The Corporate Understaffing Game in For-Profit Nursing Homes

Posted: March 28, 2017 | Last Updated: March 25, 2017

William Eadie

William Eadie

Trial Lawyer at Eadie/Hill Trial Lawyers
I am a trial lawyer who helps families hurt by caregiver carelessness--such as nursing homes and hospitals--and hold the wrongdoers accountable.I understand how the business of medicine can harm people, when corporations put their own profits ahead of providing quality care.
William Eadie

Earlier we reviewed the Plain Dealer article on Park East nursing home in Beachwood, Ohio, and it’s poor ratings, big fines, and deadly care from understaffing.

I thought I’d take a second to point out a familiar and disturbing part of how nursing homes are run: the corporate understaffing game.

Silhouette of three business people in suits

It’s the “corporate” folks who are understaffing most for-profit nursing homes.

When I’m investigating a nursing home on behalf of a family whose loved one was killed in the nursing home, the common defense is that the person was old, sick, and dying.  Nursing home dehydration, for example, is easy to blame on a person’s medical conditions. Dehydration can be caused by vomiting or diarrhea associated with infection, “third-spacing” fluids, or sepsis.  But dehydration from inadequate intake can cause illness and death itself–and quickly.  Or dehydration can cause otherwise stable medical conditions to become emergencies.

What is one major reason people do not get enough fluid?  There aren’t enough nursing staff members available to help them eat and drink, or to monitor and make sure they’re eating or drinking enough.  (source)

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That’s called understaffing.  (Learn more about Nursing Home Dehydration negligence.)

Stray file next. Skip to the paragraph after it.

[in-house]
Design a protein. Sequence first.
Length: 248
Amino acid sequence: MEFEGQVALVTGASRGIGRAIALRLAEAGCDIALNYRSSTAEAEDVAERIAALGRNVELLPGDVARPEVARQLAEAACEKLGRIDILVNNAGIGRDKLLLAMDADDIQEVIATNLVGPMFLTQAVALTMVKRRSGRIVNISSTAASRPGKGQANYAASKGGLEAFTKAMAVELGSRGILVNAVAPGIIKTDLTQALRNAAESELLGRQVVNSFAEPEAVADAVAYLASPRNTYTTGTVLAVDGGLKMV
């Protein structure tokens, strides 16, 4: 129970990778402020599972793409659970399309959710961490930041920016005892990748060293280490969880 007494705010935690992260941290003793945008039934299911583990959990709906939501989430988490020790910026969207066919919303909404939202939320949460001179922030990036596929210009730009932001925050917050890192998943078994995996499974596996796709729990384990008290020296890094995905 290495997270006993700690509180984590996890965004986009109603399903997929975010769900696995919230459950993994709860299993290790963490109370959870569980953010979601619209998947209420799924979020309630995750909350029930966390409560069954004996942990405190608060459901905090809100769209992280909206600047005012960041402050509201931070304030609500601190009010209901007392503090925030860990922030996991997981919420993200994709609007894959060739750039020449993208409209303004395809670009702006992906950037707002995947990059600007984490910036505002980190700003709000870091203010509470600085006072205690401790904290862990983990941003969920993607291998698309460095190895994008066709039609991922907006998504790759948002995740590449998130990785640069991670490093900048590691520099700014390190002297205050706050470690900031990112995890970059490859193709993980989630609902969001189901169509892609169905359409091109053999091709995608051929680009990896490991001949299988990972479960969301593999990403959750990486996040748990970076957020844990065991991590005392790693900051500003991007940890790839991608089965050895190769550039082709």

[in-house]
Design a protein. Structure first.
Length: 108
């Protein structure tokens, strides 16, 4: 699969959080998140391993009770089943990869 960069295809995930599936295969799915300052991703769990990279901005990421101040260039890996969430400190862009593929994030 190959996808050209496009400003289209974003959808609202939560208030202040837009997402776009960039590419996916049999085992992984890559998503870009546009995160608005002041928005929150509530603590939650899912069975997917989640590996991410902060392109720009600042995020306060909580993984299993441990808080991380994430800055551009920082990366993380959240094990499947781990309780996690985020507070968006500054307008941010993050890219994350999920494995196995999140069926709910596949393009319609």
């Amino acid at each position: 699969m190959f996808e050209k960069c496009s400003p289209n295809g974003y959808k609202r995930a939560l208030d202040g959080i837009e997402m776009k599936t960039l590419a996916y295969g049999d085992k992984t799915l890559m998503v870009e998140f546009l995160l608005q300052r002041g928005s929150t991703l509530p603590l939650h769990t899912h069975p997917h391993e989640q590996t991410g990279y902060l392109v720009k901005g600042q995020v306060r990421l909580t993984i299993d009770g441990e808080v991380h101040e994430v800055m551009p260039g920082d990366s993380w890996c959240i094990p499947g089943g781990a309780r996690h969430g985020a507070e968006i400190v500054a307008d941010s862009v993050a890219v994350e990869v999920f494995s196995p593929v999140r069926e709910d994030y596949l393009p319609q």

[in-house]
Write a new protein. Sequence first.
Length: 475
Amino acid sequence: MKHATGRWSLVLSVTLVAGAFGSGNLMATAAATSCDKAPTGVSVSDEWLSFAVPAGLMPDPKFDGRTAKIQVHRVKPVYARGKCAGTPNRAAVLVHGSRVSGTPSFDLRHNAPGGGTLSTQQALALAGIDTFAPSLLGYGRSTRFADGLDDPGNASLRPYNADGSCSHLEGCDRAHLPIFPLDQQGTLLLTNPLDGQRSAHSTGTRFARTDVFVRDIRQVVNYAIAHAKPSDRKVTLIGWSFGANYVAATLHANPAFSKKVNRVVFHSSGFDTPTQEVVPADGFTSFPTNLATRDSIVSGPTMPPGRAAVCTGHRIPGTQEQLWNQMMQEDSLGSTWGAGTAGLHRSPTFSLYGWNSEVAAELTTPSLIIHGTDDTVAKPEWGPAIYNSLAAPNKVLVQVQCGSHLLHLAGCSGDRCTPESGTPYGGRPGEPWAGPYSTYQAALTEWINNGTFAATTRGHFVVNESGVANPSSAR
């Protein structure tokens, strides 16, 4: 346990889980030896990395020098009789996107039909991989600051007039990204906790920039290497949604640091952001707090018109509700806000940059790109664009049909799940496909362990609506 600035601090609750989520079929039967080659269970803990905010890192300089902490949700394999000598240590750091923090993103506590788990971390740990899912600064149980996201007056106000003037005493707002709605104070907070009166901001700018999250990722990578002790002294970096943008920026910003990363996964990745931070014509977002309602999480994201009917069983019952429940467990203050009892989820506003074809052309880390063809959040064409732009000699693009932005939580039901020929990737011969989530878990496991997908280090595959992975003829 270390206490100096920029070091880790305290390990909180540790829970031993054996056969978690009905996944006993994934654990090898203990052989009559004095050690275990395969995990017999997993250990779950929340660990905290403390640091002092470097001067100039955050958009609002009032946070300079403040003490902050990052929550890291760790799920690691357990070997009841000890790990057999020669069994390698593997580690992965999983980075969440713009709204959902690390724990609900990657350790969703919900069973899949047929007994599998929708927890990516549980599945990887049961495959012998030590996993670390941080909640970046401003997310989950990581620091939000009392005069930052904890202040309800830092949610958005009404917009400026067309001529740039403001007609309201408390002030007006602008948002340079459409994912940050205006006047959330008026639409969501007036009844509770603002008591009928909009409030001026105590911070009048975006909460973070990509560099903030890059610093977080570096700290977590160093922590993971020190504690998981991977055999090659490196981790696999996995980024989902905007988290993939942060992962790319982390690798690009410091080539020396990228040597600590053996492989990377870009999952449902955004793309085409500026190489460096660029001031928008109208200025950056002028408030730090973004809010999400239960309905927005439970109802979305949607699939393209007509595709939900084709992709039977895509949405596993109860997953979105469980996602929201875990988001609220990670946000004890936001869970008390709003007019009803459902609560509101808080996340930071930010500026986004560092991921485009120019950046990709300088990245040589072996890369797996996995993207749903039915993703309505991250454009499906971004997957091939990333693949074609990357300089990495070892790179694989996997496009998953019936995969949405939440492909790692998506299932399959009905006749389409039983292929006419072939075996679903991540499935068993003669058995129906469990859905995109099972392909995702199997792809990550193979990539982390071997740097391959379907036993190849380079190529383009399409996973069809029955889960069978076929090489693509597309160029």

Now, you might think there’s a decision at the nursing home to under-staff.  Or a decision to staff a certain amount, but the amount of nursing staff is too, low.  Whether on purpose (to make more money) or because of carelessness, the nursing home in-building leadership should be to blame, right?

Not in my experience.

Most nursing homes are for-profit (source).  As Leading Age reported, there are some major differences–mostly bad–between for-profit and non-profit nursing homes, such as more hospitalizations, more deficiencies, and lower staffing levels.

When those for-profit nursing homes are part of a chain, it is almost always the “corporate” level decision makers who control the money.  And it takes money to budget and staff a nursing home.

Profiting from understaffing is a simple formula.  Profit = income – expenses.  The number one source of income in a nursing home is residents–the needier, the better.  The number one expense in a nursing home is nursing staff. So for the corporate folks, Profit = (residents) – (staff).  More residents and less staff means more profit.

A lot more.

In one nursing home case we took to trial, our expert discovered over $4 million in understaffing in just three years.  From one nursing home that was one of dozens the for-profit company owned.

That’s a lot of extra profit.

I never blame the nurses or aides themselves, unless there’s direct physical abuse.  Most of the nurses and aides I’ve dealt with–when suing their nursing home employer for killing a resident they cared for–are well-meaning, caring people.  That’s good.  But it is simply impossible to care for 20 people at one, alone, as a nurse.  or 10-15 as an aide.  There’s just too much to do for each person.  Something will have to give.

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So even after the nurses and aides run around, high-stress, burning themselves out, staying late (sometimes off the clock), there’s still things that have not been done.

Sometimes that means someone does not get turned enough, and develops a bedsore skin wound.  Or they’re not fed enough and develop dehydration or malnutrition.  Maybe they recover.  Sometimes they die.

So a nursing home corporation can make a few extra bucks.

What have you seen in nursing homes that shows too few nurses or aides were working?  Post a comment below, or contact us if you think a loved one has been injured or killed as the result of nursing home understaffing, abuse, or neglect.

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